With UK energy bills likely to rise again in the near future, do we expect renewables to finally become cheaper than their dirty equivalents? Not whilst people are still paying £1.14 for a 750ml bottle of "natural" water they won't.

  1. 1) TeamBoA Said: (08/12/2010 20:13:12 GMT) Gravatar Image
    Renewable Energy

    Some of the difference is the generating kit itself. A recent offshore windfarm generating 180Mw from 60 turbines was about £400-500k (not sure on the final figure). A 3 unit F class Combined cycle GT is about £600-700k but that will generate 1275Mw. So even will fuel costs, the economics say build GT

  2. 2) Ben Rose Said: (08/12/2010 20:57:36 GMT) Gravatar Image
    Renewable Energy

    A fair comment and I'm sure you're right, but does it truly apply to the cost of energy argument?

    This article from The Times in 2008 - { Link } - explains just how quickly you can get a return on investment from a windfarm. Indeed, it's like making money from thin air.

    Secondly, the energy company never really suggested that capital investment was a major factor in the pricing. Only once pushed was the cost of the infrastucture even mentioned - although I think perhaps that is largely down to them buying in the fuel and not generating it in house.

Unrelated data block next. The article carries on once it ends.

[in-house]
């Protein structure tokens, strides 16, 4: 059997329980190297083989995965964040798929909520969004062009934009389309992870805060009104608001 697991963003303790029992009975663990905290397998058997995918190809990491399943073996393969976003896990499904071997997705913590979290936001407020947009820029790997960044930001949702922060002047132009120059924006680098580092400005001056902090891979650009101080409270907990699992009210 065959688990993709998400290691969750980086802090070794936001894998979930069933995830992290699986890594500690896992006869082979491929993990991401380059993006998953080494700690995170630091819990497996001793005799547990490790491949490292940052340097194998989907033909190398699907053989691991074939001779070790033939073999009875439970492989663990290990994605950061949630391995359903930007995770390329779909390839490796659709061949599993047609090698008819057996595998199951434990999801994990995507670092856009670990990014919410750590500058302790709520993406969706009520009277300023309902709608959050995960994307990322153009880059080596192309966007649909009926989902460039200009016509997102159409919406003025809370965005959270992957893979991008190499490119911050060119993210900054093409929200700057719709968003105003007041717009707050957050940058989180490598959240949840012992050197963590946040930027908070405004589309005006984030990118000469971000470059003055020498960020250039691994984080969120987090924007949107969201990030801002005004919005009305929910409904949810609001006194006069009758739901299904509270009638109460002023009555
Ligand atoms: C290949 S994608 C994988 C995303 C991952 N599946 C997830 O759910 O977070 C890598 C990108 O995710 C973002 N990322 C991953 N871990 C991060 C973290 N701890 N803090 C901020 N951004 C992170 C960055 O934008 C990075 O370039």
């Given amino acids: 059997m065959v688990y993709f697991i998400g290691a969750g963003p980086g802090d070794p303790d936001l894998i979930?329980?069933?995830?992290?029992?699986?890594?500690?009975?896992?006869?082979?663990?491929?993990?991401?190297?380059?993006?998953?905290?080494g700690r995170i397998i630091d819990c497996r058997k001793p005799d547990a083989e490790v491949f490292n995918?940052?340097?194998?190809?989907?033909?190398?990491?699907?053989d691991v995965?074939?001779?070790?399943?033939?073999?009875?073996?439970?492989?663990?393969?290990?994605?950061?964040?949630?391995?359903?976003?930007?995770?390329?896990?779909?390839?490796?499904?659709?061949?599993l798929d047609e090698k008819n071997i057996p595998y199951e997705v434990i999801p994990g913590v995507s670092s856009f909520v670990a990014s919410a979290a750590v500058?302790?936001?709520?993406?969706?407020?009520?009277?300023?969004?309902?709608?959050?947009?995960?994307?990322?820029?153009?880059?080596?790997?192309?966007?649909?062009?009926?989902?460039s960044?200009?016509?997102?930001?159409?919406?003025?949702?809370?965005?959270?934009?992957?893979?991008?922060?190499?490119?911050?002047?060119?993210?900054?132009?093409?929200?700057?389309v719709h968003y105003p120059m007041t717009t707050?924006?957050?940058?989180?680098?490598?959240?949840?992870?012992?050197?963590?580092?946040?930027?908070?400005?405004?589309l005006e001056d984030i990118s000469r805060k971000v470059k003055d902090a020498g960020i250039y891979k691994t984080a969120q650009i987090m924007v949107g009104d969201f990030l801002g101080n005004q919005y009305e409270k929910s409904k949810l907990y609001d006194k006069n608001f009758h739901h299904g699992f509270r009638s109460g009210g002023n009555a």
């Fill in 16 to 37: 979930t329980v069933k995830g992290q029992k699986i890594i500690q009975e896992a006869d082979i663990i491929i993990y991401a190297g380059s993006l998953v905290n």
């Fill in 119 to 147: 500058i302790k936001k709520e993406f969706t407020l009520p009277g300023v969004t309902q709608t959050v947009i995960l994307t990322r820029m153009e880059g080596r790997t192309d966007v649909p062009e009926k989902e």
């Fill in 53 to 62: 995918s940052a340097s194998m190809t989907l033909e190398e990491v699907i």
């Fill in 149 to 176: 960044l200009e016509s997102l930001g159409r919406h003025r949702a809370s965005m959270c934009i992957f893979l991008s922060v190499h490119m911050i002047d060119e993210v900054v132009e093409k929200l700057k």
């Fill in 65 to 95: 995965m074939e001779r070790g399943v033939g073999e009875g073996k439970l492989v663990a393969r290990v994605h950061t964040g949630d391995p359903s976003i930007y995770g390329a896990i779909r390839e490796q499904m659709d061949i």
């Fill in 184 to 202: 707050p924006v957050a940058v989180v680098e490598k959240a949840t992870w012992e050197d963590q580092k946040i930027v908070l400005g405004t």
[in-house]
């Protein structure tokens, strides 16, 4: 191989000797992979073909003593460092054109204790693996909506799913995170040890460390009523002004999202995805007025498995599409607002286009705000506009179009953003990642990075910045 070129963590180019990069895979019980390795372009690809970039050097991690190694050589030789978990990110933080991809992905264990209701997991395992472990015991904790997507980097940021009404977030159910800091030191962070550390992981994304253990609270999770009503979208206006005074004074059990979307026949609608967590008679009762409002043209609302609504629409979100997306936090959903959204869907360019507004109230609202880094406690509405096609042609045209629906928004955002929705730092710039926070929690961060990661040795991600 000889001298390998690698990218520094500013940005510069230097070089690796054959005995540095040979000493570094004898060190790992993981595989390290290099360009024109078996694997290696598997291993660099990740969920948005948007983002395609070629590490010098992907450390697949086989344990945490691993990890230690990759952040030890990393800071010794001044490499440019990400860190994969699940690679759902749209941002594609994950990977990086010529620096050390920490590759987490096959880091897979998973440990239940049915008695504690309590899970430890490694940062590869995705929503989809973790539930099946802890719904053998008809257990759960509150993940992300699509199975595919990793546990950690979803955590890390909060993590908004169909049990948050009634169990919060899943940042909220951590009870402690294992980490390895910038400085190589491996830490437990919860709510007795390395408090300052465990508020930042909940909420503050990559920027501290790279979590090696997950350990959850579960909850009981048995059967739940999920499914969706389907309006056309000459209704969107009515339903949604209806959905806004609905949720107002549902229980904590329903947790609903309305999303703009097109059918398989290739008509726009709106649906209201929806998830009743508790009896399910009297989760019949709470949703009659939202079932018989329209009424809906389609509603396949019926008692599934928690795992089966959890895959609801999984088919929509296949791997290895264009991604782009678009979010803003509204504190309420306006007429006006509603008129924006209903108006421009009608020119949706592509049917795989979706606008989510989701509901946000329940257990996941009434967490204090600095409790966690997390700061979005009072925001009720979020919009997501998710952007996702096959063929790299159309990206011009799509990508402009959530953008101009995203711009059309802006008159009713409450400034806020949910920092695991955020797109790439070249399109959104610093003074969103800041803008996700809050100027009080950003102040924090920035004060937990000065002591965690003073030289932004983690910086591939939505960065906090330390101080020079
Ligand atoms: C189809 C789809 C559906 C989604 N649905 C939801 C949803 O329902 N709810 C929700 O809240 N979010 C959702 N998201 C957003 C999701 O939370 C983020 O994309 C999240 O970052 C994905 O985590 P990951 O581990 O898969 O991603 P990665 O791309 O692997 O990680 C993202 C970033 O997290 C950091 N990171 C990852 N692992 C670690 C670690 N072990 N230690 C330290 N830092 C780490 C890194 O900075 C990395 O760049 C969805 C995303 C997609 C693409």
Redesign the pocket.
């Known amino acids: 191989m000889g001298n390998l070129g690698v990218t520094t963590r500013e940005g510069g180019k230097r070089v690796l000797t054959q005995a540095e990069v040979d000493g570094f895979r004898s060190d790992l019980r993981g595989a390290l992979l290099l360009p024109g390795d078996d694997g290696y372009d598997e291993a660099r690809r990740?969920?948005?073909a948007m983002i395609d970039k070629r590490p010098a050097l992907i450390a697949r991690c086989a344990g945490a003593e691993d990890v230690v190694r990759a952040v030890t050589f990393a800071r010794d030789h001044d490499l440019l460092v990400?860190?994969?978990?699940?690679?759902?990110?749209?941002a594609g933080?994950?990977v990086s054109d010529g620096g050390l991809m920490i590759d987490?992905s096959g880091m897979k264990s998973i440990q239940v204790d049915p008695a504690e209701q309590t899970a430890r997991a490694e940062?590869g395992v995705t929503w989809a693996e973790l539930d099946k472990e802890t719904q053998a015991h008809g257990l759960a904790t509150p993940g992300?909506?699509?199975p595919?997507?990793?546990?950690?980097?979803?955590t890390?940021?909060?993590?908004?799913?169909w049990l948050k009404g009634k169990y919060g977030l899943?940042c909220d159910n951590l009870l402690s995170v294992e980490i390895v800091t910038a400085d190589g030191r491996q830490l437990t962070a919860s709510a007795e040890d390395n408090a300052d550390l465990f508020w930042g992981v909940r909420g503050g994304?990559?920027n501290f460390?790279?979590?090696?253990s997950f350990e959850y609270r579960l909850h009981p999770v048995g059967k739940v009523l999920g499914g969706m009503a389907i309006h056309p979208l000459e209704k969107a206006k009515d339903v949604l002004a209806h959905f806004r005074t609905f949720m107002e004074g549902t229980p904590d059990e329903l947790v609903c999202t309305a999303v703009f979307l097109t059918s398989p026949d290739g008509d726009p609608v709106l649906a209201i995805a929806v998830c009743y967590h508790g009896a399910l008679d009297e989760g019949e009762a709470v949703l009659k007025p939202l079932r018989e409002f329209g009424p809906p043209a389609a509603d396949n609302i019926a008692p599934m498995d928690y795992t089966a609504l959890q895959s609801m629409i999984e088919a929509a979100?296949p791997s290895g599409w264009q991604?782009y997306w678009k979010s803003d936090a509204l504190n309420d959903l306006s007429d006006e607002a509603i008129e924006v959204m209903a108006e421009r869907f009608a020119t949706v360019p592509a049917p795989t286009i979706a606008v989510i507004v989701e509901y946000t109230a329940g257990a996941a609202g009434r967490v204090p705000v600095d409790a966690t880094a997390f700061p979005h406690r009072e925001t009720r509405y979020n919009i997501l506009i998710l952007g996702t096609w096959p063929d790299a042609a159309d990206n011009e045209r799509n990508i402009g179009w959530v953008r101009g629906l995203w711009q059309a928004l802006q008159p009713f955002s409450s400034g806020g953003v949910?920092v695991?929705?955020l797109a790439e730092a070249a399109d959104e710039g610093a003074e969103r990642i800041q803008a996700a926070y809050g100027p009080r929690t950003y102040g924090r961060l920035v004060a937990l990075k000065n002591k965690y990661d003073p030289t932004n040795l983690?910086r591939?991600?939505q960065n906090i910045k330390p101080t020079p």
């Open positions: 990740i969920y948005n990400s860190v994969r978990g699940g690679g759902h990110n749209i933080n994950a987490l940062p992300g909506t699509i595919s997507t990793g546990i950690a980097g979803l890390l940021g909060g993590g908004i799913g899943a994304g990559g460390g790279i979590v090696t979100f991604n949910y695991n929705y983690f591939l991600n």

3. 3) TeamBoA Said: (08/12/2010 22:08:15 GMT) Gravatar Image
    Renewable Energy

    The more I think about it, the more the price gap does feel like buying bottled water. Wind turbines do need a bit of TLC but not on the scale of fossil fired. Challenging article as always

  4. 4) Paul Sergeant Said: (10/12/2010 14:00:16 GMT) Gravatar Image
    Renewable Energy

    Hiya Ben,

    We thought we would wait for you to publish - and then comment ;-)

    If you wanted to do some research before you published your article - you could have headed over to our website:

    { Link }


    { Link }

    Here's some words from Dale that he posted to a customer who queried our recent price rise that may also help clarify:

    "We price match the big guys because most people in the UK are still with them and that means for most peop...le it doesn't cost any more to be with Ecotricity. In a very confusing market place (on price at least) this makes for a simple message.

    And price matching doesn't mean profit matching (or rip off matching) - we don't have their economies of scale, we know we make less than the big guys when we charge the same price. One key difference is that what we do make (profit wise) we spend on our work, building new sources of green energy - we don't pay shareholders.